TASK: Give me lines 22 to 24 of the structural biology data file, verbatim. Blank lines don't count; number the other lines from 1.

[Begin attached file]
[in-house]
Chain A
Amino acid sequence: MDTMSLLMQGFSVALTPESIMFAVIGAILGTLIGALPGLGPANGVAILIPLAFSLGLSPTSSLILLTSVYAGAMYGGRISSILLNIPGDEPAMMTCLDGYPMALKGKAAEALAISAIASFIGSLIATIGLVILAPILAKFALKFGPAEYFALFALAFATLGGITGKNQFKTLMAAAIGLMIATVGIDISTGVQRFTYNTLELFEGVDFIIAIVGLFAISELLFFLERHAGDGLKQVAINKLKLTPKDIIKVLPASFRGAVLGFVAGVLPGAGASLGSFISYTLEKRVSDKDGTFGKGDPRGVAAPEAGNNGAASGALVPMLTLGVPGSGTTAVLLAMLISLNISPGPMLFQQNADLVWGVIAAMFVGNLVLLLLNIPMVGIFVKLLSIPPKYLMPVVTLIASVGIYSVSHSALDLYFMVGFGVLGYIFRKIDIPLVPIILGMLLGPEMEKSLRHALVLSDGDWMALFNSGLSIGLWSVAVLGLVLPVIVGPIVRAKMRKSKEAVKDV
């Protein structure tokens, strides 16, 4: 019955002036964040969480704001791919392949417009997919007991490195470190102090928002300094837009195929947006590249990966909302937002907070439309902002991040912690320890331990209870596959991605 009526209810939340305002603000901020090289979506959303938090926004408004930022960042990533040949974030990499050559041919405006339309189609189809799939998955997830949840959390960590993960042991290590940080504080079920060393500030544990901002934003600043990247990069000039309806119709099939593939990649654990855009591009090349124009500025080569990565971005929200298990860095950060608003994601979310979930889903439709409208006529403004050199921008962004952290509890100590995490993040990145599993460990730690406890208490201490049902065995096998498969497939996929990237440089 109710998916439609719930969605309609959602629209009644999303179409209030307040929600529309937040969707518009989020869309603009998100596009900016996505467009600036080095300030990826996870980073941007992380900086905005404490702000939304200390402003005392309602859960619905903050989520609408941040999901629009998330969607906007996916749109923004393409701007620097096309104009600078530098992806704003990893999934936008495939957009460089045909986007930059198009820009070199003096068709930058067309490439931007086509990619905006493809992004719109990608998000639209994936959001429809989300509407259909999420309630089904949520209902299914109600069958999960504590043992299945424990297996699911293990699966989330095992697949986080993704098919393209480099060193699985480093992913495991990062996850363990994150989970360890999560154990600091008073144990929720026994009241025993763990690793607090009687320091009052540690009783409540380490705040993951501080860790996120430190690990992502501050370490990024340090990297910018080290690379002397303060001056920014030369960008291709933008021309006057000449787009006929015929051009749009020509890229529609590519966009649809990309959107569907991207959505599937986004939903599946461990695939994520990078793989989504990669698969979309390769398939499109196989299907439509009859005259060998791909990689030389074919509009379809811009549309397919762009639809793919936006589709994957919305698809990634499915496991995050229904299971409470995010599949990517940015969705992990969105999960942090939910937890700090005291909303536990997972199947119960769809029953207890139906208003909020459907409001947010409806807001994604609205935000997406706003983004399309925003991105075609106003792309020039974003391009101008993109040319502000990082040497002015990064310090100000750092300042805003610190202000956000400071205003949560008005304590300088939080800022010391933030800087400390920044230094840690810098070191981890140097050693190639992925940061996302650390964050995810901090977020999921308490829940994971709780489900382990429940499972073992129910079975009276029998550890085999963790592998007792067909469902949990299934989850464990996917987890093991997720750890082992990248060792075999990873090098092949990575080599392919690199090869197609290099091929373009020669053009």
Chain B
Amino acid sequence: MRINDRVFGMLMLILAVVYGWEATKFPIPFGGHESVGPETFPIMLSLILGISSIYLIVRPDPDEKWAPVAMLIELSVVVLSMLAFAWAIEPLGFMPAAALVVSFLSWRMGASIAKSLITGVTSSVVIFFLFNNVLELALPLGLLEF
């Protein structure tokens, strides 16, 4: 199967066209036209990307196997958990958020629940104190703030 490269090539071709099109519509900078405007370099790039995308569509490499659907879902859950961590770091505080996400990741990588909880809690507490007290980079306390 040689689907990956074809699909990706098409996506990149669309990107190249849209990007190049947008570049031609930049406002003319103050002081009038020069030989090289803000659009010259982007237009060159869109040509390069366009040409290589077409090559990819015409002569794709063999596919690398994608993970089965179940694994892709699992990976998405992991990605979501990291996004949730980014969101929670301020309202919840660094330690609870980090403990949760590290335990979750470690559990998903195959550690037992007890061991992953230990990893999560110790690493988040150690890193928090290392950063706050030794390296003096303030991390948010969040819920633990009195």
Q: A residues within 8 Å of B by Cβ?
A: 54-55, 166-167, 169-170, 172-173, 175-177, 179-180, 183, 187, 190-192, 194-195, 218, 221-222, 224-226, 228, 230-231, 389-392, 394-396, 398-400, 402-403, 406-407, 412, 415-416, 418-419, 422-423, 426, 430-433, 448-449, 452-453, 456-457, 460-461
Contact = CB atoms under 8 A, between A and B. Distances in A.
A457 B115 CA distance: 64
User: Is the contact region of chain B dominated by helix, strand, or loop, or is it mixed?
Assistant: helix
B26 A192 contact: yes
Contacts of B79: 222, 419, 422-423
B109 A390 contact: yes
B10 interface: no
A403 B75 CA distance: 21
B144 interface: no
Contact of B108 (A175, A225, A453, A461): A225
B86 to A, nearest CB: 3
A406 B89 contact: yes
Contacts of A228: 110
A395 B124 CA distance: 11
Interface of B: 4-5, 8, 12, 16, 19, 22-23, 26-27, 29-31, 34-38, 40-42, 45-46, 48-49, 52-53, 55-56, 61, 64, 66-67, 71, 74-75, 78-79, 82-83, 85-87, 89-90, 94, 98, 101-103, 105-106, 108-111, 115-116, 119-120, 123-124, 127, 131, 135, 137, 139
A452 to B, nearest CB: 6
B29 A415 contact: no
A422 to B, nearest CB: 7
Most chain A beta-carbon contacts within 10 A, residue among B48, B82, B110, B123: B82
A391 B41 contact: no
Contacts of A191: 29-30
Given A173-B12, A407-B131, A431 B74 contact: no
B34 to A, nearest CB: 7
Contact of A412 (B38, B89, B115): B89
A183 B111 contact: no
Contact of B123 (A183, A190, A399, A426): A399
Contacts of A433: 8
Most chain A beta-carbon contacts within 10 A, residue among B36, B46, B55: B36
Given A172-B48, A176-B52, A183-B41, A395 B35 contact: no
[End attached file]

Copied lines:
A406 B89 contact: yes
Contacts of A228: 110
A395 B124 CA distance: 11